Access to appropriate resources for kaupapa Māori settings was a constant theme in the literature. The literature identified that teachers in kaupapa Māori settings were often having to develop or translate resources to ensure their suitably for the kaupapa Māori teaching and learning environment. Equally, the literature identified the importance of ensuring professional development for teachers to ensure greater use and understanding of new e-tools. From students' perspectives (particularly those at the tertiary level), the literature suggests that e-Learning environments create more flexible learning opportunities that may facilitate or support greater Māori student engagement.

4. Barriers

The literature noted three key areas as barriers to e-Learning in kaupapa Māori environments:

  • an over emphasis on content development as the centre of practice and under emphasis on context and learner experience – in particular, the literature stressed the importance of ensuring the appropriateness and relevance of tools and content designed to include aspects of Māori culture. The literature highlighted the impact of cost effectiveness on e-Learning, where a 'one-size-fits-all' approach often resulted in a lack of consideration for kaupapa Māori learning environments;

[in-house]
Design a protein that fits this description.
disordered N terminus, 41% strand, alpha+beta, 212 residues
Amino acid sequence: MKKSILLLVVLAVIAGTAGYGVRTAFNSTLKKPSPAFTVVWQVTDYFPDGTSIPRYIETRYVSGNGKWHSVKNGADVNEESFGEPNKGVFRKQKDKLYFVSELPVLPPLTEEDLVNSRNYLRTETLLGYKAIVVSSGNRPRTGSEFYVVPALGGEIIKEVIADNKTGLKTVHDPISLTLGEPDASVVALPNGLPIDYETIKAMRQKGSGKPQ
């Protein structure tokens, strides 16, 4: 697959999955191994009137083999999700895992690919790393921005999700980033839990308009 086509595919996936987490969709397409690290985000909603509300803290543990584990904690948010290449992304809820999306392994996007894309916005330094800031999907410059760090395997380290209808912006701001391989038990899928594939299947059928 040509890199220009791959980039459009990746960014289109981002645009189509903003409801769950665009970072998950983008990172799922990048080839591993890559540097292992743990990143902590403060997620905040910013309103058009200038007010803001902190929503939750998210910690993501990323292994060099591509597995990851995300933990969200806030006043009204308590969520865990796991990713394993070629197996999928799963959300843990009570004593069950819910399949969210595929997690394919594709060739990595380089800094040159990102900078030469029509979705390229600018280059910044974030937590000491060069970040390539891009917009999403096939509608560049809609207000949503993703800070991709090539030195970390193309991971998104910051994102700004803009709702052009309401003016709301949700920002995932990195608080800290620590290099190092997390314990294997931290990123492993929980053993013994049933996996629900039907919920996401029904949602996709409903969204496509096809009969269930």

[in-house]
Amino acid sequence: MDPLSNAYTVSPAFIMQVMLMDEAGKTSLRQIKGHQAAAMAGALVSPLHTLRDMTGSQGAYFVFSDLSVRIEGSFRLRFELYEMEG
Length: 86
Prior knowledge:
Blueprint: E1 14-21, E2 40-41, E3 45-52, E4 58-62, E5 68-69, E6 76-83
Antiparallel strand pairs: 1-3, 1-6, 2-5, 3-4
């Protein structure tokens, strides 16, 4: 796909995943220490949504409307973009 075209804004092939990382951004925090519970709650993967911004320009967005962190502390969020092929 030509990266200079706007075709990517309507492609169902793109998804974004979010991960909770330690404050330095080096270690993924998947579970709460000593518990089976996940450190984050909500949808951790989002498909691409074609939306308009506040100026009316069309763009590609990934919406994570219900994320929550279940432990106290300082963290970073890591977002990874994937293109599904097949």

• a relative lack of evaluation in real-world practice – the literature highlighted the lack of emphasis placed on evaluating the effectiveness of e-Learning in schools and classrooms. This was also noted with the lack of professional development available to kaupapa Māori teachers to support their integration of e-Learning in their teaching and classroom practice;
  • roles that designers assume in larger organizations – to a lesser extent, the literature identified that the role of designers, particularly those working for or contracted by large organisations, at times end up becoming separated or disconnected from the end users of the tools for whom they design.

e-Learning in indigenous contexts

The literature on e-Learning in indigenous contexts was not dissimilar to the kaupapa Māori section. Key themes emerging from the literature were: